By: Skip Daly
As a lifelong Rush fan and a nascent (“wanna-be”) drummer, it was with no small level of excitement that I popped in the new Neil Peart instructional DVD, Taking Center Stage. With a track listing comprised of Rush’s 2010/2011 “Time Machine” tour set list, which featured the entire Moving Pictures album, this release is a fulfillment of many Rush fans’ long-held wishes, as it offers a chance to see what Peart is actually doing on many classic Rush songs. This quality package was obviously assembled with tender-loving care and great attention to detail, and includes interview segments (set against the beautiful backdrop of Death Valley) wherein Peart is prompted to expound on his approach to live performance and other topics by Hudson Music’s Joe Bergamini. An accomplished drummer in his own right (and a long-time Rush fan), Bergamini does an excellent job in coaxing out the kind of details and insight that Peart fans will lap up.
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Each discussion is followed by rehearsal performances of the pertinent parts, and then a full-on live performance of the song with video from the drum cameras only and a special drum-heavy live mix. With a running time of 7 hours, 37 minutes, this 3-DVD set is best viewed in pieces. As one might imagine, the coverage is fairly thorough, and there is a plethora of interesting trivia nuggets dispersed throughout. Peart not only discusses the various elements involved in live performance, but invariably gets drawn into discussions about the origins and inspirations behind certain structural elements in the songs themselves. I particularly enjoyed where he explains how the arrangement of “The Spirit Of Radio” was deliberately intended to simulate the feel of a listener flipping around the radio dial and coming across punk, rock, new wave, reggae, etc. Still, the really die-hard Rush fans shouldn’t expect answers to every question (I remain curious as to why the snare figure leading into the first chorus of “Marathon” was changed on this last tour, but thankfully it doesn’t keep me awake at night).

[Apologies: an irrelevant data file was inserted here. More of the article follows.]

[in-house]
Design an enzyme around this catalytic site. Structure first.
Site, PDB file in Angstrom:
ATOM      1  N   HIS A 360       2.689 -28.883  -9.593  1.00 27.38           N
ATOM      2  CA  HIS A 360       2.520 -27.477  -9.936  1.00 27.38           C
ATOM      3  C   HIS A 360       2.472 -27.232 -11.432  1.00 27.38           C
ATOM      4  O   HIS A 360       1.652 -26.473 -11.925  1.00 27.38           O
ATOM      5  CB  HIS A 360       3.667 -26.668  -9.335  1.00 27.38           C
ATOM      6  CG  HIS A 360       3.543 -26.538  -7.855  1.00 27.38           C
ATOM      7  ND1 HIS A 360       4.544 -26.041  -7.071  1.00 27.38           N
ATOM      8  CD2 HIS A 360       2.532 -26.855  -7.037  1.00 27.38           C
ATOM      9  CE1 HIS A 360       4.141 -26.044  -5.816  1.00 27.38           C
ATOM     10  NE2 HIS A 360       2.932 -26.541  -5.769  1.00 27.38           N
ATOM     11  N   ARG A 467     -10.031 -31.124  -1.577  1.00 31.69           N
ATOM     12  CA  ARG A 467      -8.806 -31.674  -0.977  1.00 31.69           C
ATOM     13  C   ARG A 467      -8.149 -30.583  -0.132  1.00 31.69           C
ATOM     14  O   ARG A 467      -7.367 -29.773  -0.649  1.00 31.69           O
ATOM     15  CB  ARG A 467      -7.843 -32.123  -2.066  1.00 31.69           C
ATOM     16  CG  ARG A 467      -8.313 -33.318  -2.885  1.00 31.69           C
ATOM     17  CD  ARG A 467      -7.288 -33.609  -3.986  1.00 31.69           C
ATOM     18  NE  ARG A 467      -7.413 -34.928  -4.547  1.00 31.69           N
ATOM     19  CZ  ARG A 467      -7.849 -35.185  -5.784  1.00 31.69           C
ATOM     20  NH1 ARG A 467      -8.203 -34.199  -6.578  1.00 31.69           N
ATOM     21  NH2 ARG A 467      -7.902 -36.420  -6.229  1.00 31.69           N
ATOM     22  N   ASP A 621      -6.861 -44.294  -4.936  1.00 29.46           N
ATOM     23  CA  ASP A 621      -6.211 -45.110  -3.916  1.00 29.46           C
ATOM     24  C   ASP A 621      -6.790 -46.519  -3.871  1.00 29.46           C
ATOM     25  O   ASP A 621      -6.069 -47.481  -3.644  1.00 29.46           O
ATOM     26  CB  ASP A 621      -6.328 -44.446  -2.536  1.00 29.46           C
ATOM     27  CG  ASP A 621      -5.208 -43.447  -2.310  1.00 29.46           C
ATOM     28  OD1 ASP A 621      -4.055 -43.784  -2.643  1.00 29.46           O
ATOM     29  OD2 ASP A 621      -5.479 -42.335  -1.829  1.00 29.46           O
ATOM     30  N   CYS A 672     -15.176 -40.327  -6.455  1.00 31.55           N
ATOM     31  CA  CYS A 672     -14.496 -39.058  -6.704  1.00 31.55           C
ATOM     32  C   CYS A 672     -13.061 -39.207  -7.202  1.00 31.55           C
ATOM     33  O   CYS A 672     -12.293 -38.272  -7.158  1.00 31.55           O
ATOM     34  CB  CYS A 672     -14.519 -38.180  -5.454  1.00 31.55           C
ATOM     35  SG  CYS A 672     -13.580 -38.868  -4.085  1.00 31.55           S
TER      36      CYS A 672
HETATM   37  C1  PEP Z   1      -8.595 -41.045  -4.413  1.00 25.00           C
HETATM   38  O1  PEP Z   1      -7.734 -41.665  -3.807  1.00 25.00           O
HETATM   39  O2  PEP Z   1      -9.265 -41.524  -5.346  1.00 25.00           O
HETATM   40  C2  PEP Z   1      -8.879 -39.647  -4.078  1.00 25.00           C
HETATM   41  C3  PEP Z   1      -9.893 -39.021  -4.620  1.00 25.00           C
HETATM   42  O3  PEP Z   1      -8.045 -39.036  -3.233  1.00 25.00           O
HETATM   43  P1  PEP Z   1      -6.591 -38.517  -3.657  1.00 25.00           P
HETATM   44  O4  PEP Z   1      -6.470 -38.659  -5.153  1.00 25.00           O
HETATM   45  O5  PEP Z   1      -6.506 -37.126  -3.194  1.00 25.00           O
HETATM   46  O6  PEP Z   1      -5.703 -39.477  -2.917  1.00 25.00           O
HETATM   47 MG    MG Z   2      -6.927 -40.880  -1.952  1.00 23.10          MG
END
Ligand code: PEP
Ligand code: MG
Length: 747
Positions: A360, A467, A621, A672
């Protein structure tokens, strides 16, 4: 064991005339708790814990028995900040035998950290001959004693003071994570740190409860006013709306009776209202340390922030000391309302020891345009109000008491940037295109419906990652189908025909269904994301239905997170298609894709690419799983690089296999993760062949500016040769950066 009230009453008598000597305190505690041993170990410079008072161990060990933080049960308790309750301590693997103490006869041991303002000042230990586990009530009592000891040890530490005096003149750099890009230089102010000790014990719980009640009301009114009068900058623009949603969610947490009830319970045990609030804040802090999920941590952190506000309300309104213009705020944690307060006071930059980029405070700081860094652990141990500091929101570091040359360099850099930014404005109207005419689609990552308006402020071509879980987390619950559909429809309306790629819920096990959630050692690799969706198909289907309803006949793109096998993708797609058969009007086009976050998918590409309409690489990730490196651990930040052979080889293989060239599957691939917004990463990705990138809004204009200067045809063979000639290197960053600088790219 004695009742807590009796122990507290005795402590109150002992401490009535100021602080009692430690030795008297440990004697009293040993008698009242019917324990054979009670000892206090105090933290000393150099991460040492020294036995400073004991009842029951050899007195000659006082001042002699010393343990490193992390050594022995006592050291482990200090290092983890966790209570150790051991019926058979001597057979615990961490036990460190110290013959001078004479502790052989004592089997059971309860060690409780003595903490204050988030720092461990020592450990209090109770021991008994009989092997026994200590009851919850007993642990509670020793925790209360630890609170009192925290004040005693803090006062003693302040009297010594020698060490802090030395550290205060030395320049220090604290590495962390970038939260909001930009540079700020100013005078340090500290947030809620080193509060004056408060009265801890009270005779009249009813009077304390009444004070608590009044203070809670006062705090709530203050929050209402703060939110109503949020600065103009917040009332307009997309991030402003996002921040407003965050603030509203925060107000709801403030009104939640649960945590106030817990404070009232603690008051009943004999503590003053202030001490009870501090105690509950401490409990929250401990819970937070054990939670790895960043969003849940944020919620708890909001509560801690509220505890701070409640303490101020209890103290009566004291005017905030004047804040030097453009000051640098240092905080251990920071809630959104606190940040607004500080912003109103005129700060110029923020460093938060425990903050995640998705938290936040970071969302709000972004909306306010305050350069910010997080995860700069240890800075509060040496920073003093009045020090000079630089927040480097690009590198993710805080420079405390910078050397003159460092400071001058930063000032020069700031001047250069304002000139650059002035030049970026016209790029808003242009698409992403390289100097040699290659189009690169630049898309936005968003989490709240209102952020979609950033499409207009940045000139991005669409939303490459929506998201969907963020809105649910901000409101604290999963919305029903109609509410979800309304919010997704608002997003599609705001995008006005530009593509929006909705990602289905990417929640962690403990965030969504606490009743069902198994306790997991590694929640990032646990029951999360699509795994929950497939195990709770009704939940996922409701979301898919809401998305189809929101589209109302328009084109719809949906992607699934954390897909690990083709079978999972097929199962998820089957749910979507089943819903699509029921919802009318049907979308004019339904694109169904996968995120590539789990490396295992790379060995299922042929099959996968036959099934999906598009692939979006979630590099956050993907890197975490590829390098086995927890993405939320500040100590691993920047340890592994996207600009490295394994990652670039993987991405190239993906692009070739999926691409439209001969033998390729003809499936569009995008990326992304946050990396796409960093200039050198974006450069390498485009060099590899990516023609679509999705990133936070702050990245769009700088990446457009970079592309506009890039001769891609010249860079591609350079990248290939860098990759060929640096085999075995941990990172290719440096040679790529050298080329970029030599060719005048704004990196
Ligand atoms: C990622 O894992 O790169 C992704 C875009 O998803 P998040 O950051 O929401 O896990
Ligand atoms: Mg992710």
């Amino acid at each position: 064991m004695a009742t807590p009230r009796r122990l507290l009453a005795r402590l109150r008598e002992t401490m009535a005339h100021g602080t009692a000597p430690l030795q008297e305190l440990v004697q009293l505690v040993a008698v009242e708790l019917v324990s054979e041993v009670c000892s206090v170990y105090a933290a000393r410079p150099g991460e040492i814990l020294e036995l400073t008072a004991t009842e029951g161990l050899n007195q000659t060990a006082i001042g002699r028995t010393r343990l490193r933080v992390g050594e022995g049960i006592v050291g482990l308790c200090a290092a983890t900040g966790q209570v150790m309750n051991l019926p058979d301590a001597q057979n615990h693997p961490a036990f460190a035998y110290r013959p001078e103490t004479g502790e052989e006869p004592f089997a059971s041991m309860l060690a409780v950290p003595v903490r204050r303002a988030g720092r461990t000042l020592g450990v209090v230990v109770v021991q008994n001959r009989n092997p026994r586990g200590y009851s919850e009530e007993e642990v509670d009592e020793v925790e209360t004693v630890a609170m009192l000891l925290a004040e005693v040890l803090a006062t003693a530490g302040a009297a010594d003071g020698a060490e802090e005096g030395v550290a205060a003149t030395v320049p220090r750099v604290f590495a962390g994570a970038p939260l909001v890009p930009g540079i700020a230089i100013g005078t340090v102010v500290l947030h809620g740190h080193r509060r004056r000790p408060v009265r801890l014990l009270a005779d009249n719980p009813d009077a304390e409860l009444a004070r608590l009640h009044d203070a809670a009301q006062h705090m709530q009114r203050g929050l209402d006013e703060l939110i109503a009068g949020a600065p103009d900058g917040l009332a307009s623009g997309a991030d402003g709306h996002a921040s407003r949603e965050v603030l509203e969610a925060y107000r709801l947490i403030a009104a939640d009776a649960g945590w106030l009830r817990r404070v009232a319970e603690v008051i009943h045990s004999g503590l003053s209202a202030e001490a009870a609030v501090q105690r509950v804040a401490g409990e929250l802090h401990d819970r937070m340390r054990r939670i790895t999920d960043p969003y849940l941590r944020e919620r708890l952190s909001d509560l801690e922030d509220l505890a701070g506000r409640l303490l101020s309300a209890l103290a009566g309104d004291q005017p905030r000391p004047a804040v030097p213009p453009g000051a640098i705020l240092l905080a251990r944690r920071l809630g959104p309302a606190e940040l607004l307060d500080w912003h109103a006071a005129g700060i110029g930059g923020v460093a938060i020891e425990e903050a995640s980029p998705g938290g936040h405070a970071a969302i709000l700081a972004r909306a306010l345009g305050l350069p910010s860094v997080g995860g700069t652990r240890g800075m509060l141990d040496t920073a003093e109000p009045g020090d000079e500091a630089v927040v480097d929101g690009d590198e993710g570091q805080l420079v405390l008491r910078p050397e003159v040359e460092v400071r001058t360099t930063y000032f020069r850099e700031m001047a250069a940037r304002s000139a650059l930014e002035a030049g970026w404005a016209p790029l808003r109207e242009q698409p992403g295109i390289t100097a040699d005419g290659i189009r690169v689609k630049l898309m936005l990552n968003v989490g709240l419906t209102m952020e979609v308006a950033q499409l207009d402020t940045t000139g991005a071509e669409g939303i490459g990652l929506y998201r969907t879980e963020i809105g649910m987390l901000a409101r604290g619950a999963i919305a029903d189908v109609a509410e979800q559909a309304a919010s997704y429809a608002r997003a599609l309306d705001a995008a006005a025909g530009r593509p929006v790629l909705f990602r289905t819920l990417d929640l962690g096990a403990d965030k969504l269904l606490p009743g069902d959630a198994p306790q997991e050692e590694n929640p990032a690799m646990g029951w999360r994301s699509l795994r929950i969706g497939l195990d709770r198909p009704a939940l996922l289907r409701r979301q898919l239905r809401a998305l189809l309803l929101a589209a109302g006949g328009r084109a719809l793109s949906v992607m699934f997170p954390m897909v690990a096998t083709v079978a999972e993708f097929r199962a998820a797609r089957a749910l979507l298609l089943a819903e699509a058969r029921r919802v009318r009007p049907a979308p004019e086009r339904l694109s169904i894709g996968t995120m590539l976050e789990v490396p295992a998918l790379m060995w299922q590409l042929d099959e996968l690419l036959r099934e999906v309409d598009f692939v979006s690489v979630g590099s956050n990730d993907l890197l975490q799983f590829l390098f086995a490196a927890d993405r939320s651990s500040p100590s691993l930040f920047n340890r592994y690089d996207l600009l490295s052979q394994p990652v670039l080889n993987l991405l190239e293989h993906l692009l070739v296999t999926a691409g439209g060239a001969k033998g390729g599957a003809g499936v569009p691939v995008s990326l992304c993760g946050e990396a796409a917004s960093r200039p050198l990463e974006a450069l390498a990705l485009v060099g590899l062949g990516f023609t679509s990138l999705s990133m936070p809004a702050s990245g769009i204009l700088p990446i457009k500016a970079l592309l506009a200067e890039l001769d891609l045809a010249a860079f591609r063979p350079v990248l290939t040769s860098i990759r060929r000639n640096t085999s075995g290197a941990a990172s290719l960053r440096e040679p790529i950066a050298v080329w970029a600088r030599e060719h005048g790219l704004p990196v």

Truth be told…while there is certainly a bounty of good things to be learned about “live performance” from this release, the real focus here is on pulling back the curtain to reveal the details in Peart’s performance of Rush songs. It is possible that drummers who are only casual Rush fans might have difficulty with the length of the program, though this package may also serve as a gateway to “converting” them – it could go either way. One thing that shines through above all else is Peart’s commitment to his craft, and his intense discipline toward the goal of making sure that every beat is correct. Aside from his obvious technical proficiency in being able to pull off this kind of playing (night after night), the level of detail in the drum arrangements is mind-blowing. Peart once described performing a Rush show as being akin to “running a marathon while solving equations”. This DVD provides a view into what that actually looks like up close.
Read Peart’s own description of how the project came to be in his write-up, which you can read here, and be sure to check out www.TakingCenterStage.net for (among other things) Joe Bergamini’s enjoyable four-part write-up on the “Making Of” this DVD.